First day: Epic and Apple set up their site, and Sweeney went to the witness stand first. There, he clarified his vision for Fortnite and the “metaverse” saga was pushing out lately – it’s lately She announced $ 1 billion in financing To this insight, with a large chunk coming from Sony – and of course he said Apple’s fees are unfair. “It got to the point where Apple was making more money selling developer apps in the App Store than the developer was,” Sweeney said.
Apple has questioned why Epic is putting Fortnite on PlayStations – which is very similar to iPhones, in terms of store fees – but is chasing Apple. Is all this a publicity stunt? No, says Sweeney, who has denied that his intentions are not to fight what he considers an unfair “Apple’s Walled Garden”.
the second day: Sweeney ran into a tough question: Can’t the Fortnite iPhone app send users to Safari to buy V-Bucks? Apple does not block purchases made through the web browser. epic He can Doing so, Sweeney had to say, but it’s uncomfortable for users. Judge Rogers didn’t seem too convinced that nuisance was a big problem given that Fortnite players tend to be young.
Epic Arguments and Apple
What does Epic have to prove winning?
To prove that Apple has monopoly power, Epic must first demonstrate that there is a market for Apple with monopoly power – that it doesn’t just complain about the software feature and terms of service it doesn’t like.
To this end, Epic argues that there is a “primary market” for smartphone operating systems, iOS and Android, and “aftermarket” for apps that run on smartphone operating systems. Automobiles and auto parts are an example of the aftermarket and aftermarket: Toyota sells cars, creating an aftermarket market for Toyota parts and Toyota repairs. Epic says the same thing happens here: By selling iPhones, Apple creates “iOS app distribution” and “in-app payment processing for iOS”.
If the court accepts Epic’s definitions for those markets, the company will then have to demonstrate that Apple’s behavior is against competition and that the remedy that Epic suggests is lawful. It won’t be easy. Rebecca Howe Allensworth, a professor at Vanderbilt Law School, said Reuters It is “not a super strong jumpsuit”, and Epic probably won’t win.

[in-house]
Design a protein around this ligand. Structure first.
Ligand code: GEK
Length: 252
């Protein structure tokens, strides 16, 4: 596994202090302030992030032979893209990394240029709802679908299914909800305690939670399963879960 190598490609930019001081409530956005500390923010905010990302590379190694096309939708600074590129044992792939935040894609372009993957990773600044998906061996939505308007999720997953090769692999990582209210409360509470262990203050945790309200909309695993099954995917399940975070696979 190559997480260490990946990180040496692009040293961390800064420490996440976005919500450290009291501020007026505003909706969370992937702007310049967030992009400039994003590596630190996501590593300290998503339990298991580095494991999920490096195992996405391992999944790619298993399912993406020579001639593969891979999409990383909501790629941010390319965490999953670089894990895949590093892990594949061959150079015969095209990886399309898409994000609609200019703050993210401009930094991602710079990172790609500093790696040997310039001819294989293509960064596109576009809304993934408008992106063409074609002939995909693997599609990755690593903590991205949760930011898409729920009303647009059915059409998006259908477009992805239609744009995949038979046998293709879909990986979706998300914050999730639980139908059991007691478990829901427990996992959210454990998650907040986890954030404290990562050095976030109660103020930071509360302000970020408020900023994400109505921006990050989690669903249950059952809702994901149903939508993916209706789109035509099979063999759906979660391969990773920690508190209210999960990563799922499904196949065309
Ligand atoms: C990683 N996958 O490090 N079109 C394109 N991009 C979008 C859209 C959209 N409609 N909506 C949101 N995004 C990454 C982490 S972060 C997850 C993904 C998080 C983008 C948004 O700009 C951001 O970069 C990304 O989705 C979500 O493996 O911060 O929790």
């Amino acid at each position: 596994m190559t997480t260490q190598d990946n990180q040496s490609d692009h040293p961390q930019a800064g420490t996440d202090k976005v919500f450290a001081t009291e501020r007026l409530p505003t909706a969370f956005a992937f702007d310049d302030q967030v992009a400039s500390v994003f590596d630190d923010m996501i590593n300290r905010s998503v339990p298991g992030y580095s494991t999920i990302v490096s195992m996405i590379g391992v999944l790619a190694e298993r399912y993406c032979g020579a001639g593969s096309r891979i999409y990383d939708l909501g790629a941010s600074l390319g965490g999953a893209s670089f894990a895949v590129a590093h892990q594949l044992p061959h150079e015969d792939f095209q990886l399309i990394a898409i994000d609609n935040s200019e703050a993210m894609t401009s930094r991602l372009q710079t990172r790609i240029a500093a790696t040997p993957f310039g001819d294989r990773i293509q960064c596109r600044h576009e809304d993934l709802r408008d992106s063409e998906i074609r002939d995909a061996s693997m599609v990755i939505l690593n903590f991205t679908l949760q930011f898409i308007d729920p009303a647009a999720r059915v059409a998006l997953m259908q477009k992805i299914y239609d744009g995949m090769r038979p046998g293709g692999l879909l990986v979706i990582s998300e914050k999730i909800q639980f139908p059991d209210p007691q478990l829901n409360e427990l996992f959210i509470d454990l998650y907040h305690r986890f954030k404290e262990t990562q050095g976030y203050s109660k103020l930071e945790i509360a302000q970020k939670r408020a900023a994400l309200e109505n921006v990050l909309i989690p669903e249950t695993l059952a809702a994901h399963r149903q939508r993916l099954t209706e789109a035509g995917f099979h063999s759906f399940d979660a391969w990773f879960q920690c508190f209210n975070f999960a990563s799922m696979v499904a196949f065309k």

What are the arguments against Apple?
After sales? After sales? Apple says it doesn’t dominate the market, it does Competing in one. As far as this case is concerned, Apple considers the App Store a “gaming transaction platform” that competes with other gaming transaction platforms, such as Google Play Store, Steam, PlayStation Store, and Xbox. In this market, Apple has nothing close to monopoly power: it estimates that it has 23.3% to 37.5% market share.
Sure, some people think the App Store revenue cut of 30% is too high, but that’s what the market has settled on. To stay competitive with Google, Microsoft, Valve, and others, Apple has not raised that percentage by more than 30%, and to keep up with this competition, it has recently cut its share of developers who generate less than $ 1 million in revenue annually. Is this what the monopolist does?
This is just one of Apple’s argument lines. It teases Epic’s claims out of every round, brushed aluminum angle it can find. Here is a sample of Apple’s other arguments, reformulated:
- Apple sells the “hardware”, not the mobile operating system. The app store and in-app payment system on iPhones are part of what makes iPhone the iPhone.
- The in-app payment system in particular is not a product. Apple doesn’t market it, and app developers don’t have to use it if they want to sell physical goods, only digital content. Once again, it is part of what iPhones and iPads are.
- IOS and App Store rules and security features protect consumers and developers. (Epic argues that a lot of the trash gets it by reviewing the App Store. Apple says Epic has its own share of security problems.)
- The App Store has made things better for everyone. Clients have access to loads of apps, and developers earn money. Epic itself has grossed over $ 700 million.
- It makes no sense to call an “iOS App Store” a single marketBecause games and other apps are very different from one another. It’s like saying there is one market for Cardiac Surgery and Advil because you can get them in hospitals.
- People are turning away from iPhones and iOS devices, and buying Android devices instead. This is another testament to the competition.
- Microsoft and Sony also run gated gardens. Why can’t iPhones be the same as PlayStations and Xboxes? (Epic says smartphones are unique because they’re general-purpose computing devices that connect to cell towers, and they’re staples that almost everyone has these days.)